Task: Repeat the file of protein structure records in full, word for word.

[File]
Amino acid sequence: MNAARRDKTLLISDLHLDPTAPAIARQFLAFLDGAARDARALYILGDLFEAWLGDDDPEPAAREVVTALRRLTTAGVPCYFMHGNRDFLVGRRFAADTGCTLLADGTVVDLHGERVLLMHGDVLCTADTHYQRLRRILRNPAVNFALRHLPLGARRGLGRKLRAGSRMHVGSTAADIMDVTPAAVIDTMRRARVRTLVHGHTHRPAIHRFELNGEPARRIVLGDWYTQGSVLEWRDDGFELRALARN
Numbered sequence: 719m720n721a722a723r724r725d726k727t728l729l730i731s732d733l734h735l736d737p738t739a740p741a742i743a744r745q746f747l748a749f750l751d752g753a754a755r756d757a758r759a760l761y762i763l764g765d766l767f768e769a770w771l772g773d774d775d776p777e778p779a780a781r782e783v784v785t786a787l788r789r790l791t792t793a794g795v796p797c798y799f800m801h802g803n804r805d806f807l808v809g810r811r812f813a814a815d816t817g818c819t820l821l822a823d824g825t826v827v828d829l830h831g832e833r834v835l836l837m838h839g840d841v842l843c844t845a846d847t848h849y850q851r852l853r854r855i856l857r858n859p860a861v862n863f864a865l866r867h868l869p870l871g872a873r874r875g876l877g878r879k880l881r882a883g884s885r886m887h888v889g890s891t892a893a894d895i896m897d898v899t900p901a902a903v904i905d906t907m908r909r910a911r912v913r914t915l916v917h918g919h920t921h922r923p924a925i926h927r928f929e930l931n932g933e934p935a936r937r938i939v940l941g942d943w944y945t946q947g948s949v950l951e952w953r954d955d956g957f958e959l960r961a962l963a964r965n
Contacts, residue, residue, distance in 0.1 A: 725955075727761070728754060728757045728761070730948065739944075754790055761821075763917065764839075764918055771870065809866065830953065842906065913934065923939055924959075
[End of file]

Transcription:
Amino acid sequence: MNAARRDKTLLISDLHLDPTAPAIARQFLAFLDGAARDARALYILGDLFEAWLGDDDPEPAAREVVTALRRLTTAGVPCYFMHGNRDFLVGRRFAADTGCTLLADGTVVDLHGERVLLMHGDVLCTADTHYQRLRRILRNPAVNFALRHLPLGARRGLGRKLRAGSRMHVGSTAADIMDVTPAAVIDTMRRARVRTLVHGHTHRPAIHRFELNGEPARRIVLGDWYTQGSVLEWRDDGFELRALARN
Numbered sequence: 719m720n721a722a723r724r725d726k727t728l729l730i731s732d733l734h735l736d737p738t739a740p741a742i743a744r745q746f747l748a749f750l751d752g753a754a755r756d757a758r759a760l761y762i763l764g765d766l767f768e769a770w771l772g773d774d775d776p777e778p779a780a781r782e783v784v785t786a787l788r789r790l791t792t793a794g795v796p797c798y799f800m801h802g803n804r805d806f807l808v809g810r811r812f813a814a815d816t817g818c819t820l821l822a823d824g825t826v827v828d829l830h831g832e833r834v835l836l837m838h839g840d841v842l843c844t845a846d847t848h849y850q851r852l853r854r855i856l857r858n859p860a861v862n863f864a865l866r867h868l869p870l871g872a873r874r875g876l877g878r879k880l881r882a883g884s885r886m887h888v889g890s891t892a893a894d895i896m897d898v899t900p901a902a903v904i905d906t907m908r909r910a911r912v913r914t915l916v917h918g919h920t921h922r923p924a925i926h927r928f929e930l931n932g933e934p935a936r937r938i939v940l941g942d943w944y945t946q947g948s949v950l951e952w953r954d955d956g957f958e959l960r961a962l963a964r965n
Contacts, residue, residue, distance in 0.1 A: 725955075727761070728754060728757045728761070730948065739944075754790055761821075763917065764839075764918055771870065809866065830953065842906065913934065923939055924959075